Monday, March 5, 2012
This masterpiece that is named David, done by Michelangelo was created during the Renassiance around 1501-1504. This piece is idolized by all of the world because it is so incredibly realistic for the era that it was created in. Up until this point people of that age had never seen such amazing features on a statue before. If you think about the difficulty that it must have taken to create this statue with such life like features at that time with very limited tools is just mind blowing. Reasons such as these prove why Michelangelo a true artist and this piece is a masterpiece. Even if a piece was created today it would be hard to duplicate the realistic features as Michelangelo did. This piece will live on into infamy for those exact reason.
The artwork that I chose for this weeks blog is a picture of arguably the most iconic sports figure of all-time. I chose the star basketball player Michael Jordan. He is one of the most easily recognized sports figures across the world. In this specific picture, the representational style that is used is realistic, yet extremely abstract. It is realistic because it is an actual picture of Michael Jordan. It is also abstract because his face is made up of all the newspaper headlines that were about him while he led the Chicago Bulls to numerous championships.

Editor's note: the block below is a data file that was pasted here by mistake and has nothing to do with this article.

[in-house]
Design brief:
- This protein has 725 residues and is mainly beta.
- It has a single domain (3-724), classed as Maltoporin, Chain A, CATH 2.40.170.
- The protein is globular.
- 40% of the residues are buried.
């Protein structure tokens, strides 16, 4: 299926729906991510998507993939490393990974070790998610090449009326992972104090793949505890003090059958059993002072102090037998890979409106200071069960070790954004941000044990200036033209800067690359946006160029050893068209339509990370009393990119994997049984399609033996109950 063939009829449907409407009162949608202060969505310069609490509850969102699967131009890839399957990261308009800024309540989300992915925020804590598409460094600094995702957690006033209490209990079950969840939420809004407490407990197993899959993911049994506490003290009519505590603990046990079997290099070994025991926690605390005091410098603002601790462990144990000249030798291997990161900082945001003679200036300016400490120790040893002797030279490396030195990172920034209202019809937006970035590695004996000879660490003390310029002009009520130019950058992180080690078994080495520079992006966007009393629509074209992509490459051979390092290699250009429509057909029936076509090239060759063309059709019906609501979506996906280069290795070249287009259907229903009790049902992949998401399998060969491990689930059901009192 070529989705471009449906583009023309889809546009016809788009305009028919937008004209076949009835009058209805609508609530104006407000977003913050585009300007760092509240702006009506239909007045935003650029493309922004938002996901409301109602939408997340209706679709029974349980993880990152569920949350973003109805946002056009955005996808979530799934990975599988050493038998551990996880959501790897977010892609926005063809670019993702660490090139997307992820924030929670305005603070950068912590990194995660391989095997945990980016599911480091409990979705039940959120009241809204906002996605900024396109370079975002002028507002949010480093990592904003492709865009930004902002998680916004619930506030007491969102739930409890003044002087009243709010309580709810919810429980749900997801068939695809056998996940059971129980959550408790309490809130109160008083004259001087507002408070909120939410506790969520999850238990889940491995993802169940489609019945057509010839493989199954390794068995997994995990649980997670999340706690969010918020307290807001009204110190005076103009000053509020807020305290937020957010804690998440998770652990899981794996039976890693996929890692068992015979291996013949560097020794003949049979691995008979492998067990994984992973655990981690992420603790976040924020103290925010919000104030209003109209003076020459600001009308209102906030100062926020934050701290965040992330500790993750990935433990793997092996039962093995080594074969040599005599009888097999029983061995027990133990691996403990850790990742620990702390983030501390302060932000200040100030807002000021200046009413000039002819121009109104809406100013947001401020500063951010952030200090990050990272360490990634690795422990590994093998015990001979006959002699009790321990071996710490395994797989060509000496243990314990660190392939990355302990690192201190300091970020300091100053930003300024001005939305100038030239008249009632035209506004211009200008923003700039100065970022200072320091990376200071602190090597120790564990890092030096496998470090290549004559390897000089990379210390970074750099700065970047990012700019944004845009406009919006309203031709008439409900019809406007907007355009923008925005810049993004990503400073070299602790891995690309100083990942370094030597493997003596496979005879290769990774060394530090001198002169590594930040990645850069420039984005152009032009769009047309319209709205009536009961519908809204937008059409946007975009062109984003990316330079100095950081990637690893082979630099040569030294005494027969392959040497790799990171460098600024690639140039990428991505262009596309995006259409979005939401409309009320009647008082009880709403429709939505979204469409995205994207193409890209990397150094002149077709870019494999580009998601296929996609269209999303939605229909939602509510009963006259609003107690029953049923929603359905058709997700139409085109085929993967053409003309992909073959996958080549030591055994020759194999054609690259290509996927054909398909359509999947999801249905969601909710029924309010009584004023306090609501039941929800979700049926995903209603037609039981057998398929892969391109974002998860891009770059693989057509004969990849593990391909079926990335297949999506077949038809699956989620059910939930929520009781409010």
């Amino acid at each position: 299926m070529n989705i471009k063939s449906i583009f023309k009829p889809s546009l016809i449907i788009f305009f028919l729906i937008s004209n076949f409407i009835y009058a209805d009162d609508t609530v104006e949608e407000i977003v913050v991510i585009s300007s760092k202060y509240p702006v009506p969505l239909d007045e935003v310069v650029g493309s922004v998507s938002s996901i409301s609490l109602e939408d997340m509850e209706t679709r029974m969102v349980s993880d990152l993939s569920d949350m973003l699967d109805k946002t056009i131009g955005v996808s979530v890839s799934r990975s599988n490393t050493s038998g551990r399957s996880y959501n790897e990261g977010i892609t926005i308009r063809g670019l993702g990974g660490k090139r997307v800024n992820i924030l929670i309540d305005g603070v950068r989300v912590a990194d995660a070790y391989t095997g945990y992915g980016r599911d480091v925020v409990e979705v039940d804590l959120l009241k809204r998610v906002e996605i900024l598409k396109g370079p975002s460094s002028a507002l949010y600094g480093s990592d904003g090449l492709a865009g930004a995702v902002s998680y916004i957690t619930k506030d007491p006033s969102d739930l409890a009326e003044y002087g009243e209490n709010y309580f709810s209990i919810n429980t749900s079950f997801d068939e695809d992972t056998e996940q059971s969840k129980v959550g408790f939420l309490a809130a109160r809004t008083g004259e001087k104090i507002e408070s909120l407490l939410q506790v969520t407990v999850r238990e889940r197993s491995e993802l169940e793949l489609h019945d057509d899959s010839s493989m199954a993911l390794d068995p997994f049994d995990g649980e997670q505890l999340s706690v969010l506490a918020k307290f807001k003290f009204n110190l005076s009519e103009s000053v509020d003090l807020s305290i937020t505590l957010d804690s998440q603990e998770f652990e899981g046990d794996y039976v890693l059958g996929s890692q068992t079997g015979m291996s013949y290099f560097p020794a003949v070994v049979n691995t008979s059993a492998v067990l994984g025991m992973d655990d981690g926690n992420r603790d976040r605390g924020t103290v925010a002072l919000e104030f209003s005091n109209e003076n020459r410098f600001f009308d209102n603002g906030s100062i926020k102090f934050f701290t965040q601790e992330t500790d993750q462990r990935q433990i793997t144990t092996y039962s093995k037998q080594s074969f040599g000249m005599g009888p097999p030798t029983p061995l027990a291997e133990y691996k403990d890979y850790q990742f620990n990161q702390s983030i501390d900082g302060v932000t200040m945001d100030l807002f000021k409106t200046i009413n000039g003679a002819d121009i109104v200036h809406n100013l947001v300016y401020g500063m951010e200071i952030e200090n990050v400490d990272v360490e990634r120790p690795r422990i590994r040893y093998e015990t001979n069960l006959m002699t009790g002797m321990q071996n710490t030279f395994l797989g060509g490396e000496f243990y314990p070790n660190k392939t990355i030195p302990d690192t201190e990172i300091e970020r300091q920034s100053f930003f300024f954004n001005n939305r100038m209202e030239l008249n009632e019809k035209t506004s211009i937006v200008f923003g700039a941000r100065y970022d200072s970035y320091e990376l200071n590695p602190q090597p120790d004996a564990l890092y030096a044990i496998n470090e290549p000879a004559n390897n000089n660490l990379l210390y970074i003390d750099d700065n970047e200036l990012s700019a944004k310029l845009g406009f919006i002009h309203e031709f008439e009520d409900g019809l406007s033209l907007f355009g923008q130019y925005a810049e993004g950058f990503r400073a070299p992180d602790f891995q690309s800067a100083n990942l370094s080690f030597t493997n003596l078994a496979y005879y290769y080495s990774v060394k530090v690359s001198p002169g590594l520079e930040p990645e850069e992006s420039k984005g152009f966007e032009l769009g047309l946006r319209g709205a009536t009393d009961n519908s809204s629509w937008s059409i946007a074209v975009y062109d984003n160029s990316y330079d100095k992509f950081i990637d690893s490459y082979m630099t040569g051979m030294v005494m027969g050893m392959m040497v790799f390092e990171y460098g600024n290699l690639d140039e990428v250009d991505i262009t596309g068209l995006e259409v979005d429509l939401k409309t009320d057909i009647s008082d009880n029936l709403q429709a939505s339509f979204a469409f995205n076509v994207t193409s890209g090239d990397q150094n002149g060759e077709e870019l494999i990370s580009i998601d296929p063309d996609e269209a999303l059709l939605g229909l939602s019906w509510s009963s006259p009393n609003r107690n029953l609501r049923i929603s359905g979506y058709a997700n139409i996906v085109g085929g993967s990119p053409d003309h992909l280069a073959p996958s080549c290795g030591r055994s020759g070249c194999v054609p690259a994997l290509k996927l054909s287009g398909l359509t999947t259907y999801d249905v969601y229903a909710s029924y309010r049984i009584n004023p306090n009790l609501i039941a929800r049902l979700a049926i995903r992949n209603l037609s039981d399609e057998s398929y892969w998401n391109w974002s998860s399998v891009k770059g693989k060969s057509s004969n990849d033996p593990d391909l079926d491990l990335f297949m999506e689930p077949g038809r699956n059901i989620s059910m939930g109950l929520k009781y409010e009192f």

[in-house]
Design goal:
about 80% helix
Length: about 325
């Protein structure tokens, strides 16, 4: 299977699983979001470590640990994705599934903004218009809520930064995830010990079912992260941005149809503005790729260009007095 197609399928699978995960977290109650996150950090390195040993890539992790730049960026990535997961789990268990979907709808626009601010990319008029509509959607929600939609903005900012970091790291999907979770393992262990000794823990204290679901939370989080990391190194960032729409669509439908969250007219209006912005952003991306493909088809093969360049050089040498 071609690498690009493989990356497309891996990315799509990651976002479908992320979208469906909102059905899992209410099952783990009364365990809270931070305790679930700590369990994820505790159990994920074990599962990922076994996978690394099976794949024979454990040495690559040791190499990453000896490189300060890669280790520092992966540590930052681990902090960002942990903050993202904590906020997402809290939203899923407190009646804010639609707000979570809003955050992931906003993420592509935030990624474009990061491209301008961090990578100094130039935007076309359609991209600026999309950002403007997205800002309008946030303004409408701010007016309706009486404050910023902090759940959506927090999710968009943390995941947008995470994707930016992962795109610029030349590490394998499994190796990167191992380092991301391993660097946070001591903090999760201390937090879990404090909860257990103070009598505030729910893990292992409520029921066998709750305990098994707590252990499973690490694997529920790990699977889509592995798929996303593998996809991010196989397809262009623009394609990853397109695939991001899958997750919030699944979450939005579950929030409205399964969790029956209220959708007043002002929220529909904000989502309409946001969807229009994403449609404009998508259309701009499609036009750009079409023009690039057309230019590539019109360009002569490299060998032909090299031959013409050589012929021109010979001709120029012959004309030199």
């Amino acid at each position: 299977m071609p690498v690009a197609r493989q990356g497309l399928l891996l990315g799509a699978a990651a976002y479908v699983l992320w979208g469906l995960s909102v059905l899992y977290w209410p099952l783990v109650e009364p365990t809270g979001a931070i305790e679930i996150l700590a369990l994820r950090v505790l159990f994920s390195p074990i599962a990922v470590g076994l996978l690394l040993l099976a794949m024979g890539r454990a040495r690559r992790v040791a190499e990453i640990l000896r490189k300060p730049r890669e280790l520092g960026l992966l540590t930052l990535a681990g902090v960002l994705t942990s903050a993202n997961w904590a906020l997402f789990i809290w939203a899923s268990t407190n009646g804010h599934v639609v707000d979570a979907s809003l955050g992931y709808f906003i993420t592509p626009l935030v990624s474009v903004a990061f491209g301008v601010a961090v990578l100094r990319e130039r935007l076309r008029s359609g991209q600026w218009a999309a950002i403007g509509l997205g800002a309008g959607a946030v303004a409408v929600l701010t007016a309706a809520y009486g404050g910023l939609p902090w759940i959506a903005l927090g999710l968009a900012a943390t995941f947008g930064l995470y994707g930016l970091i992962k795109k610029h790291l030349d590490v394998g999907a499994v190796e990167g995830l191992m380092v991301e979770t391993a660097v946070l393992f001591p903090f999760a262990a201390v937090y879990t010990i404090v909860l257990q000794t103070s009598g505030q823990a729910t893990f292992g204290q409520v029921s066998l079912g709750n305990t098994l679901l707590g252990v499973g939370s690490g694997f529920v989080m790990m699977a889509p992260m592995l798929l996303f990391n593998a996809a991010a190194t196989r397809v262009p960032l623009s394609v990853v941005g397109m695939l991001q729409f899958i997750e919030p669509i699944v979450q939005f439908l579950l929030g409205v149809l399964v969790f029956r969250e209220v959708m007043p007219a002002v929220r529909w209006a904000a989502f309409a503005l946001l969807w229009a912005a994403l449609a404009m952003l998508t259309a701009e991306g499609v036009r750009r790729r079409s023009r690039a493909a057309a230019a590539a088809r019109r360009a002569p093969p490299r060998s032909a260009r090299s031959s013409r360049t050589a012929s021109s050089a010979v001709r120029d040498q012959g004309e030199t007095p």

Here is his website, he has many other amazing art pieces that include the theme we are following: heads.
This is a drawing of Willie Nelson. This image is definitely realistic. If this picture had color it would have fooled me that it was in fact a drawing. The detail in this picture is amazing. The shading of his skin up against his white beard really makes all the details pop. You can see all the wrinkles in his face and every piece of beard, and eyebrow hair. I also really like this piece of art because of the fact that Willie is the center of the work and takes up almost the entire view. There is such little background or negative space, that you really get to enjoy to drawing not unused space.
Sunday, March 4, 2012